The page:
Hackers could target public EV charging stations or home chargers to steal data or execute a DoS or denial-of-service attack. The former could lead to more exploits like bank account information, credit cards, user IDs, and passwords. However, a DoS attack could shut down an entire EV charging network and disrupt services to millions of EV owners. Ukrainian hackers infiltrated Russian EV charging stations in 2022, displaying derogatory messages against Russian President Vladimir Putin and disabling services to all chargers from Moscow to St. Petersburg.
Unfortunately, there’s not much that users can do to ensure 100% protection against EV charging hacks. Unlike petrol cars that fill the fuel without connecting to the car’s system, an EV charger establishes a data connection with the vehicle, making it vulnerable to hacking by exploiting software vulnerabilities. The most that EV buyers could do is avoid installing cheaper EV home chargers from lesser-known brands that could have software flaws, subpar encryption, and weak authentication.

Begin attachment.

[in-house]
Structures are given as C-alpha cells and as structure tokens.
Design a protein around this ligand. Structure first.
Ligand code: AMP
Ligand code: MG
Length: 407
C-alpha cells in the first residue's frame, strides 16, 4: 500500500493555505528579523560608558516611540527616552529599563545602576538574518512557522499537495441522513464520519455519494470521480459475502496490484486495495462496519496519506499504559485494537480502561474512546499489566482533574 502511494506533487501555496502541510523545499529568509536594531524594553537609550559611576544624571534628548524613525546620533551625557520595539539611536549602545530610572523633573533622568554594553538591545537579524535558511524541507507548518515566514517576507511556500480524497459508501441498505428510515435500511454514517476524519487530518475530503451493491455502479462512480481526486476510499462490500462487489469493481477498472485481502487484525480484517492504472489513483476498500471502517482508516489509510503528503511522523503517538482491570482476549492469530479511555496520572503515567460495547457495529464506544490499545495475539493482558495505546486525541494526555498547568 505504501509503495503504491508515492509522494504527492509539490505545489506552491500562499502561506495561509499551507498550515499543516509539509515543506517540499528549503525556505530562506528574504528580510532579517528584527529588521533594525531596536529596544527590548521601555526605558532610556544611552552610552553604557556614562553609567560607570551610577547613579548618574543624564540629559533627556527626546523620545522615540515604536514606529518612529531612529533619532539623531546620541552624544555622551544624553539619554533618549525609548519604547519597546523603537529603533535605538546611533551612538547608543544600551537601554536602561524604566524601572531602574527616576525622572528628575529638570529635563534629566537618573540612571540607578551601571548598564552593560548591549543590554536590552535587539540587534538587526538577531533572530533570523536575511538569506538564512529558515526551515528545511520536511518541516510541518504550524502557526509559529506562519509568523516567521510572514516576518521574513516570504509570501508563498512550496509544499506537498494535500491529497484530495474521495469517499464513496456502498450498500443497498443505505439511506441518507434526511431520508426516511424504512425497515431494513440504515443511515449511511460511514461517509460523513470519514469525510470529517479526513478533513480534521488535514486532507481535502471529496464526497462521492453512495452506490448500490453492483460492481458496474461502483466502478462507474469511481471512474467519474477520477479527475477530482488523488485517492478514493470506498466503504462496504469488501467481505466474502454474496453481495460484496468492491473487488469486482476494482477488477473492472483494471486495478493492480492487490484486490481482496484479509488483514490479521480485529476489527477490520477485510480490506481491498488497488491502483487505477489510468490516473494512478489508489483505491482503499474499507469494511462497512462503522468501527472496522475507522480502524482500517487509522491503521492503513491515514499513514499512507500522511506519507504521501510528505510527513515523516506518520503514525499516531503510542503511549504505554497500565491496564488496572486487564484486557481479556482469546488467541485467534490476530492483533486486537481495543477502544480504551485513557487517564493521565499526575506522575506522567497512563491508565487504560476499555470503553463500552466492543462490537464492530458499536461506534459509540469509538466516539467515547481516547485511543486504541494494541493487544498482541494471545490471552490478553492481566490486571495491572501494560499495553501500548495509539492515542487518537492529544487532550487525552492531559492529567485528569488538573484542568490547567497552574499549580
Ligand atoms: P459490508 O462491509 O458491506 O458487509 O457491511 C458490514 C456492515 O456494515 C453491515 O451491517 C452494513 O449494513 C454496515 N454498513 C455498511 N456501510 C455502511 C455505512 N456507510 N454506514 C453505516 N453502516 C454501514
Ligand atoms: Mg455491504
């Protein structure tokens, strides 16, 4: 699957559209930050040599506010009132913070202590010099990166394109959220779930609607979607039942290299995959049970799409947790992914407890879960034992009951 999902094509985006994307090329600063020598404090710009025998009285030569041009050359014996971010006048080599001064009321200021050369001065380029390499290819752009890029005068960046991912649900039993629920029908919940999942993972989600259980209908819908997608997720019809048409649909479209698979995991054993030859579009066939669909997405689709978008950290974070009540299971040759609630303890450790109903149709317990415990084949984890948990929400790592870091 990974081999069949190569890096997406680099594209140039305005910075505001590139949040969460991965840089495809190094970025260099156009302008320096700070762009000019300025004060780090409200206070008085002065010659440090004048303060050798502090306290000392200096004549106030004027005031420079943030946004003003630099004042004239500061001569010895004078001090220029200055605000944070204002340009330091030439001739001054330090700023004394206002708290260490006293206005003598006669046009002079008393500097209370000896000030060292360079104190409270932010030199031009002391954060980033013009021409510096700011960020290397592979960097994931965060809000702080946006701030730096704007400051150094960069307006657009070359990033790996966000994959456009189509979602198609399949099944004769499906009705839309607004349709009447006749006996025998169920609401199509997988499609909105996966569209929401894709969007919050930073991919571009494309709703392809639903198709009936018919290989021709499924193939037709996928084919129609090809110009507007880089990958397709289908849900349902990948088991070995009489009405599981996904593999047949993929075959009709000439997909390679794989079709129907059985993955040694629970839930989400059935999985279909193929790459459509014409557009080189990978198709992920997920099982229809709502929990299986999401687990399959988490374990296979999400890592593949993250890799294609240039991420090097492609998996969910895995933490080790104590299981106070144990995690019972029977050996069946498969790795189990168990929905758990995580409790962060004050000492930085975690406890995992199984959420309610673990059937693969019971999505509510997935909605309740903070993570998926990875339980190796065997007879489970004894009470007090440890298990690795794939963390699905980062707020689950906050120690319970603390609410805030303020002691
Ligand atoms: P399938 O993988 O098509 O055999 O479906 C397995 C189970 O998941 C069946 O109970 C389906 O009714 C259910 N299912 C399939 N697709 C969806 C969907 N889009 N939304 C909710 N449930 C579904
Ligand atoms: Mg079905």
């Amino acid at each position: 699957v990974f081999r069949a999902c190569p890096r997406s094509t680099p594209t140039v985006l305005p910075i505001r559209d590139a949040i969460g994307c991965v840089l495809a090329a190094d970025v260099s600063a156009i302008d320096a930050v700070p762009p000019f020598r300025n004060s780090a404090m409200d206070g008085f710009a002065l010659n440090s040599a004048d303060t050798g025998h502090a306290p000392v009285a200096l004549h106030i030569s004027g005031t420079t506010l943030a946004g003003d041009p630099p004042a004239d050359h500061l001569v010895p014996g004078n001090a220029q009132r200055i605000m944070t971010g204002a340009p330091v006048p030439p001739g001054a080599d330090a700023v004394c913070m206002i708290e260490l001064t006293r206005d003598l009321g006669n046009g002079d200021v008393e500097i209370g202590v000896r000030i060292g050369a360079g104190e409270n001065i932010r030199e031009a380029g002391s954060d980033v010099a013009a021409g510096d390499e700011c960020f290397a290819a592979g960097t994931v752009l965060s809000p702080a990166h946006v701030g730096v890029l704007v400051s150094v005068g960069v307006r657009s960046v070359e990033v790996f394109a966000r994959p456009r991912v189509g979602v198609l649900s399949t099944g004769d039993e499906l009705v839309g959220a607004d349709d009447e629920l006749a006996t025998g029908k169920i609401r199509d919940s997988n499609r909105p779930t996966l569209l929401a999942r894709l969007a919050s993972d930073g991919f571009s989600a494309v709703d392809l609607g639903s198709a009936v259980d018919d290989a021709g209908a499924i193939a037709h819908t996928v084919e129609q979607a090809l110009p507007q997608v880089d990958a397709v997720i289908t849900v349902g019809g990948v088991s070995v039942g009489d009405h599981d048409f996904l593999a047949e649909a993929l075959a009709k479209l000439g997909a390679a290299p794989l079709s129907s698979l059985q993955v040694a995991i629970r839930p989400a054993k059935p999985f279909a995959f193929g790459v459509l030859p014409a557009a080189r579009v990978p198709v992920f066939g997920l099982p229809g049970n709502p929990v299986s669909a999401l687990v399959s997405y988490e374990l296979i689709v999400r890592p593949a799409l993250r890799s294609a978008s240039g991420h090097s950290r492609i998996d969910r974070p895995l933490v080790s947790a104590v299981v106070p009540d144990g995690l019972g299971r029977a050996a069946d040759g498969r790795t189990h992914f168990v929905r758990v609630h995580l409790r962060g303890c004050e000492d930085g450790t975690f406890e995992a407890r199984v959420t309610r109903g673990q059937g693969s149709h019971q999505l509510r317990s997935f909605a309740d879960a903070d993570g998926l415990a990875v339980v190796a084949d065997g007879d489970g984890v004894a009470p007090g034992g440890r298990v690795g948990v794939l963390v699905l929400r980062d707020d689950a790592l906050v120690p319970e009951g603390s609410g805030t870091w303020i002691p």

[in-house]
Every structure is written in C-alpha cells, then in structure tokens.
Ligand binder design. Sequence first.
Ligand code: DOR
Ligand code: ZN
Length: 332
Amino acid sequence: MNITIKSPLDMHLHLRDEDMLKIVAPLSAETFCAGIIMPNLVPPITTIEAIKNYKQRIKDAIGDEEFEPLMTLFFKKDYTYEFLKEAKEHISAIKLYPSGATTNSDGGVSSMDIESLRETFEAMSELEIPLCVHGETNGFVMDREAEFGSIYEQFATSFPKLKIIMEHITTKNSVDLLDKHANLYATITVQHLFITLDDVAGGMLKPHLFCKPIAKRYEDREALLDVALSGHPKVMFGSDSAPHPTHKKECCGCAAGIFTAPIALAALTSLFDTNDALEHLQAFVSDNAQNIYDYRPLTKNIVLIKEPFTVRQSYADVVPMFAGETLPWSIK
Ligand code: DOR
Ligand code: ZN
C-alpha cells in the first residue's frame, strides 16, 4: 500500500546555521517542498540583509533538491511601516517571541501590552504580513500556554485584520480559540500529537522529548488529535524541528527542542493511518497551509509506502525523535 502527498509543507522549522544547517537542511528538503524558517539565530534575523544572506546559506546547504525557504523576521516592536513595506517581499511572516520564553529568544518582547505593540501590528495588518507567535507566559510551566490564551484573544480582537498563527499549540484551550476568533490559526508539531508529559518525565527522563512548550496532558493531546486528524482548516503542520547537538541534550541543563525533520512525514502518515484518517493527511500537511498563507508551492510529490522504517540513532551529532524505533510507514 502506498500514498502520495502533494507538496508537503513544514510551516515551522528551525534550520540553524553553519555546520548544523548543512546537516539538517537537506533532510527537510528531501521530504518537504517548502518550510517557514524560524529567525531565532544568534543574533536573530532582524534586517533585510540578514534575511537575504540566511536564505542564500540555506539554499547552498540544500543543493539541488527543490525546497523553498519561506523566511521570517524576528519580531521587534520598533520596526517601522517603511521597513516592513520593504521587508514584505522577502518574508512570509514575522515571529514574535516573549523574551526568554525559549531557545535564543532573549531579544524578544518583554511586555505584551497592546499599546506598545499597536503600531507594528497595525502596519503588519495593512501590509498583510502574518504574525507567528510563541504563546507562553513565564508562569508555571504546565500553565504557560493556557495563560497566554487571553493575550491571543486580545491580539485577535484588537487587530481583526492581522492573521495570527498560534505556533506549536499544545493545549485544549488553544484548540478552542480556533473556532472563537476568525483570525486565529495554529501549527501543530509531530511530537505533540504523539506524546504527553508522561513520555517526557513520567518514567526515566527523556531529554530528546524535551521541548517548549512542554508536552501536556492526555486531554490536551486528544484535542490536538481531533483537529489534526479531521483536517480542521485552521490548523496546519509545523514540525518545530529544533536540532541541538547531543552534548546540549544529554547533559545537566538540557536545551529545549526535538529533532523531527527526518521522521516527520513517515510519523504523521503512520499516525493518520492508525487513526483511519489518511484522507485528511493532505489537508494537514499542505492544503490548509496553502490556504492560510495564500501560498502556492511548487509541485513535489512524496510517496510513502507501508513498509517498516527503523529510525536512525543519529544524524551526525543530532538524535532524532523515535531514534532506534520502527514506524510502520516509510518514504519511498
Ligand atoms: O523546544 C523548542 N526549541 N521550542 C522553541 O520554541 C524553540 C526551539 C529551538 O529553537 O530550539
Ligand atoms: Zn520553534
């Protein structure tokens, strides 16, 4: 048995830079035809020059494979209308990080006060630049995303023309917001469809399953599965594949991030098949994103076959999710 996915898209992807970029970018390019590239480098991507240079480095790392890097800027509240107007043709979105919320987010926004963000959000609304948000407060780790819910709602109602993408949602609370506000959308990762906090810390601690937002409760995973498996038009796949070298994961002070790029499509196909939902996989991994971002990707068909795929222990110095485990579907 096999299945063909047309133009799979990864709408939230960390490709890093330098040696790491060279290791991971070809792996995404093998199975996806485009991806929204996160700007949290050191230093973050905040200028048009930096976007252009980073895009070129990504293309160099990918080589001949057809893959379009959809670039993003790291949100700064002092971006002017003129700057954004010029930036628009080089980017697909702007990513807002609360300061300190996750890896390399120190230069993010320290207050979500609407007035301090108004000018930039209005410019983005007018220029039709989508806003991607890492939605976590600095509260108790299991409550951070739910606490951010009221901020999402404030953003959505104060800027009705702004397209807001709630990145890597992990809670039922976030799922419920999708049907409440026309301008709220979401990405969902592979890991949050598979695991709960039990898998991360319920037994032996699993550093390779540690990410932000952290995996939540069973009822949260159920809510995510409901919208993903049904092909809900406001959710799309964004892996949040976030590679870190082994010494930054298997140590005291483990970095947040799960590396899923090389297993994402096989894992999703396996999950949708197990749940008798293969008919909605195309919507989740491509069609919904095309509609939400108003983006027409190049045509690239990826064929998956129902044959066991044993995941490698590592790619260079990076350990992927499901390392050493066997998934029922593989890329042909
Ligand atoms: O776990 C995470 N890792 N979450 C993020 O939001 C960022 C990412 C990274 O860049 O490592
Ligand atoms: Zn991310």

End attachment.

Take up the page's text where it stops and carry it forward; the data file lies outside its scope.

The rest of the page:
It’s also a good idea not to connect your home EV chargers to the internet to safeguard against potential hacking. Meanwhile, the Biden administration passed the Bipartisan Infrastructure Law in 2021, which includes up to $7.5 billion to expand EV charging networks and improve cybersecurity measures to safeguard against external threats. And in 2023, the Federal Highway Administration passed a ruling that requires states to implement specific cyber requirements for all new chargers funded under the Bipartisan Infrastructure Law.